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Gateway Students Showcase Work in Fab Lab

May, 2017
  • students in gateway program
  • puppets created by gateway students

QCC Gateway to College hosted a Fab Lab Showcase May 4 at the QuEST Center, which gave Gateway students a chance to share the projects they created this semester.

Visitors could learn about what the Fab Lab offers and tour the facility. Students spoke about their experience using the lab and what they learned during the semester. Eighteen students were involved in the Gateway Fab Lab program, which fulfilled a science credit for their high school requirements.

About 30 people attended the event, which was held from 2:30-4:00 p.m., including from area schools, community partners, QCC staff and faculty and families and friends of Gateway students. The lab experience and equipment at the QuEST Center impressed those who attended the event.

“Gateway to College was happy to work collaboratively with Alex Gray, a Fab Lab staff member, in helping our students explore the possibilities in the QuEST Fab Lab. This opportunity helped the students meet their science requirement for high school and learn something new at the same time,” said QCC Gateway Clerk Glenda Rodriguez. “Although they had no previous knowledge in coding, their instructor taught them what it was all about. Students knew that making animatronic puppet heads would be hard, but worth it in the end. They were all happy with their results and what they got out of it. We hope to offer this again to our students in upcoming semesters.”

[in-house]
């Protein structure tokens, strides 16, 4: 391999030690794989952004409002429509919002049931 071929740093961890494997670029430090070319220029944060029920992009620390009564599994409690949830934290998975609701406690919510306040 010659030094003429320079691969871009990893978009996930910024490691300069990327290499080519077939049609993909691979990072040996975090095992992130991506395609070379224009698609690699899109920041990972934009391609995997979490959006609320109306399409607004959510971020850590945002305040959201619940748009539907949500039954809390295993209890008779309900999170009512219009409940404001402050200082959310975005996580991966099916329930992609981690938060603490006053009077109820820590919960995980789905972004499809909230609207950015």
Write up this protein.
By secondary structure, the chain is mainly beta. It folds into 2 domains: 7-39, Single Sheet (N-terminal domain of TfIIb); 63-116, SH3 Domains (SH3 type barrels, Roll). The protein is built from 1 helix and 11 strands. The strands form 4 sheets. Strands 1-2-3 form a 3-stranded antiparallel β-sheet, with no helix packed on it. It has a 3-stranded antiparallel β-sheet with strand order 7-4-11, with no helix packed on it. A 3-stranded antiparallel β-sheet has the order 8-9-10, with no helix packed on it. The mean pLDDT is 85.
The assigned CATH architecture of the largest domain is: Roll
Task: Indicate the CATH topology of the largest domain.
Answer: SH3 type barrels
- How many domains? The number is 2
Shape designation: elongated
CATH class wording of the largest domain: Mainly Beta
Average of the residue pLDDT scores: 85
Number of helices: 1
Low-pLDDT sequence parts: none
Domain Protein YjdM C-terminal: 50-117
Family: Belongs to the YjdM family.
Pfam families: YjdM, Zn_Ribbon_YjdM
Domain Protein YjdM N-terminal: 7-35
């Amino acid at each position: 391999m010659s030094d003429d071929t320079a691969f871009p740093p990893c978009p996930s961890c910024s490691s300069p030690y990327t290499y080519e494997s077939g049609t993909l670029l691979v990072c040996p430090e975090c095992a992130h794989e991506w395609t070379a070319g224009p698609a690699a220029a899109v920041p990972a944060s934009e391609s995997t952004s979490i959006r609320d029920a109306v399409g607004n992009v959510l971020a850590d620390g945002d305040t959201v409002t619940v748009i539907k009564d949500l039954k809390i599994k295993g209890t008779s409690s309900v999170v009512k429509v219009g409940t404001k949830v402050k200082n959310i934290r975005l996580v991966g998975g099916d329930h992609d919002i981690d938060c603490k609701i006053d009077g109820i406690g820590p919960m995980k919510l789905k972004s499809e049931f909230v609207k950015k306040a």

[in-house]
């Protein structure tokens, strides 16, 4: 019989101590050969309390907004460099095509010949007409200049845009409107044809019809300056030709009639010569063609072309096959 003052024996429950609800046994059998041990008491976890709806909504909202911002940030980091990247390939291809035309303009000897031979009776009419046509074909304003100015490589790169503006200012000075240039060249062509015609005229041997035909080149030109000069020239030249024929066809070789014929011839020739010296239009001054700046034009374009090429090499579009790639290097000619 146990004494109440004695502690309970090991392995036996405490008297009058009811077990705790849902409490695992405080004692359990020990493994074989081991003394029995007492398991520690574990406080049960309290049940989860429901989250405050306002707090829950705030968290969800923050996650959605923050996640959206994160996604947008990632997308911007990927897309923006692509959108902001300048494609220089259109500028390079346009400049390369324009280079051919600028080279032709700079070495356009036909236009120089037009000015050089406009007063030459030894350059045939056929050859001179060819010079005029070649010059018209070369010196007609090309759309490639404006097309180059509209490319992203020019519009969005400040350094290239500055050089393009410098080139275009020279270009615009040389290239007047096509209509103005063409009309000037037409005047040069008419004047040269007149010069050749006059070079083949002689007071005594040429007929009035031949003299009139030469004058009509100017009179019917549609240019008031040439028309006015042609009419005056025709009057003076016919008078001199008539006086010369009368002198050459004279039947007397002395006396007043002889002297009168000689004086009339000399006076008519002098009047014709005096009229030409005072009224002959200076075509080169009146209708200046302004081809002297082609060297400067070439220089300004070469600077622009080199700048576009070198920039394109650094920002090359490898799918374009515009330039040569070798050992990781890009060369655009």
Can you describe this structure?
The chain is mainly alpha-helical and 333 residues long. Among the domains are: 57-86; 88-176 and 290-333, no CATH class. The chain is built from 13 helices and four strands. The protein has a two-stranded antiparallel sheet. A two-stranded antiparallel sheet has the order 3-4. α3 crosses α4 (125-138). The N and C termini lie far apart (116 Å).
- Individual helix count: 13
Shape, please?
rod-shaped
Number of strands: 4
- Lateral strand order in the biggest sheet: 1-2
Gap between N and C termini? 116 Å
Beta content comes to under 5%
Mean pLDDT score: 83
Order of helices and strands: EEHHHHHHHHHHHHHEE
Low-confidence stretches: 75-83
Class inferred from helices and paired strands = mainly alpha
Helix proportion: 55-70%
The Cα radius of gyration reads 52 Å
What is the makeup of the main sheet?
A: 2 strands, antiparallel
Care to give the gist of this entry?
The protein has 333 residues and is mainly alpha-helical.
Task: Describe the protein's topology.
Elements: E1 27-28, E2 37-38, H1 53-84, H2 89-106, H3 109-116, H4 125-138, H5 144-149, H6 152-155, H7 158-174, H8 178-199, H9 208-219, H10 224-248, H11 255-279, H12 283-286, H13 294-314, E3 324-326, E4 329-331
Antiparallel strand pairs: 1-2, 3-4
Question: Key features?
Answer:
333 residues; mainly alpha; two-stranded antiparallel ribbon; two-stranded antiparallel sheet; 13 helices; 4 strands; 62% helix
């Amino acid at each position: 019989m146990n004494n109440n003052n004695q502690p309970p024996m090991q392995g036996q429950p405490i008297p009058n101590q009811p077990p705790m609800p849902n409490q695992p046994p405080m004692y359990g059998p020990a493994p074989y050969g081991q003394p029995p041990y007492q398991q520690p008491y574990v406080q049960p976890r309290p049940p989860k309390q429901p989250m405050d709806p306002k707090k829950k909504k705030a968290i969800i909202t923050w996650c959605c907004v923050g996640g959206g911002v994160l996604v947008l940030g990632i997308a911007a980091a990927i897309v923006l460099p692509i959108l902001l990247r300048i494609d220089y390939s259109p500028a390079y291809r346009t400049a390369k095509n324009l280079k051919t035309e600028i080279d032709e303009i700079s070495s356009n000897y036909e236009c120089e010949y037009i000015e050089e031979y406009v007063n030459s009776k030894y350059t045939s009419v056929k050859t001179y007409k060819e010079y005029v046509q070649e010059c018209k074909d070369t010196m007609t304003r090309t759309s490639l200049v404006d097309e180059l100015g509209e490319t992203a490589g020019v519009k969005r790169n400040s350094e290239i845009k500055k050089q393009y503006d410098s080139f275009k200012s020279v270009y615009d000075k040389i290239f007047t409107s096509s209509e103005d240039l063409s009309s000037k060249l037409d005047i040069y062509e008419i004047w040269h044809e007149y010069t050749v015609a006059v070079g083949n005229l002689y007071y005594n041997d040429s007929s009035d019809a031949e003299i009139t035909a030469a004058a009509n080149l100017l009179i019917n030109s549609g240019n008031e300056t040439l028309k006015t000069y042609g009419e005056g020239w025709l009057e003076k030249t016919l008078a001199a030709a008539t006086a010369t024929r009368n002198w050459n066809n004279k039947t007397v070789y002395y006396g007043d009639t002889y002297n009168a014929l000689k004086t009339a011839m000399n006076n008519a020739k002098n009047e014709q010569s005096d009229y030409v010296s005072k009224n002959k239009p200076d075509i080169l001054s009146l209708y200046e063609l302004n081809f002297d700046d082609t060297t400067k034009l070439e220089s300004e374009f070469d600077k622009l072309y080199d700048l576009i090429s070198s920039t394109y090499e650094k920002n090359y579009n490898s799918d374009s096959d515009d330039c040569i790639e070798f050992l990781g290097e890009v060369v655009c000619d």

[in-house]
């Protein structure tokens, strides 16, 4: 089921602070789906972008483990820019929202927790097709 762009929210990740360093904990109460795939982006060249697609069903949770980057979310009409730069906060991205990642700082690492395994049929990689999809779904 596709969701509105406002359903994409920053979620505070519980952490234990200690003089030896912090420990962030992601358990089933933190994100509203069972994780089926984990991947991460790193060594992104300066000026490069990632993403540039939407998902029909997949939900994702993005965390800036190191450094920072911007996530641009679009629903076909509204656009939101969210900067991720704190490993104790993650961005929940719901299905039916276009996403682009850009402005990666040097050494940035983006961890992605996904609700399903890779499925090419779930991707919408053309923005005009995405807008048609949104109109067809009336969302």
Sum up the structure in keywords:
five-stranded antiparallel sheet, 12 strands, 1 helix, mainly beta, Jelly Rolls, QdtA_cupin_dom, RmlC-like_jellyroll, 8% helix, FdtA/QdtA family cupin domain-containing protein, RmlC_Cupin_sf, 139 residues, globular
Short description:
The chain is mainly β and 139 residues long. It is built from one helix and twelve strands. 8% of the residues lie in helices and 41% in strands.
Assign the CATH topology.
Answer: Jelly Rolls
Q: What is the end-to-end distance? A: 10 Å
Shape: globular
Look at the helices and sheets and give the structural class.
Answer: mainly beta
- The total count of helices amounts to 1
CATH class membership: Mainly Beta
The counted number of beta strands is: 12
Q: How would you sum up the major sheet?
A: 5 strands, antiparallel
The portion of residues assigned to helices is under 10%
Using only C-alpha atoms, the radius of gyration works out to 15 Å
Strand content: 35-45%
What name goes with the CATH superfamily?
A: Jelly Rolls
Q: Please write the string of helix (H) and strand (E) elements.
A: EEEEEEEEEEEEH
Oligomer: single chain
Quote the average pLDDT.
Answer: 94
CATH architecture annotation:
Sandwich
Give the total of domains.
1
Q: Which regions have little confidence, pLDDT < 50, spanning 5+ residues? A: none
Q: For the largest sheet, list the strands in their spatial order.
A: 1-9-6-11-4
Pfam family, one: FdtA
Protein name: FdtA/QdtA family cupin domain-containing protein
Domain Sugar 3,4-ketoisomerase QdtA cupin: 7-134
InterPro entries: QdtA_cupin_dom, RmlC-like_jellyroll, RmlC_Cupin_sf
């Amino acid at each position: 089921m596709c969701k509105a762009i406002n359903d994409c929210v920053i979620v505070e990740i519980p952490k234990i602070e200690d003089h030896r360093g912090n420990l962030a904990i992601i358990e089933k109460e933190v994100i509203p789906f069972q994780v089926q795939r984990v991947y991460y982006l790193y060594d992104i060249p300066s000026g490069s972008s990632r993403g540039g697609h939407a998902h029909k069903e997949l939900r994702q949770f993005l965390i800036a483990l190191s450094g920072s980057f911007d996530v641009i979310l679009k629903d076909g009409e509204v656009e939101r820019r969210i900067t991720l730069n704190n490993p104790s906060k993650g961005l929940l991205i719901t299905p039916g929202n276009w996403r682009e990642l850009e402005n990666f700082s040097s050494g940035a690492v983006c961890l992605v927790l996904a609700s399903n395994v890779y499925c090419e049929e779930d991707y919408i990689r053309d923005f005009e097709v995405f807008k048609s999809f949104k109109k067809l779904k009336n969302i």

The Fab Lab is a maker space that can be used by students, entrepreneurs and the community to create prototypes and test design ideas. The Fab Lab network includes more than 500 Fab Labs in 30 countries around the world. The college joined the Fab Lab Network to provide students and other Fab Lab users with not only the high-tech tools, but also access to people, knowledge and idea sharing.

The QCC Fab Lab has been built into the educational specifications of the QuEST Center project and includes a laser cutter, a vinyl cutter, 3D printers, a 3D scanner, a precision milling machine, molding and casting equipment, and soldering equipment. This equipment is used to enhance the current curriculum in the Manufacturing Technology and other engineering technology programs.

The Gateway to College is a national program that supports students who have dropped out of high school or who may not graduate. Through the program, students ages 16 to 21 can obtain their high school diploma and earn college credits at the same time. Many graduates go on to finish associate degrees and transfer to four-year colleges.

The program, now available at 41 colleges in 21 states, is rigorous. Students take a fulltime college course load, with classes that match their high school requirements, MCAS needs, and career interests. 

To learn more about QCC’s Gateway to College program, visit the Gateway to College website.

See Gateway to College's Twitter to follow the progress and highlights of the program.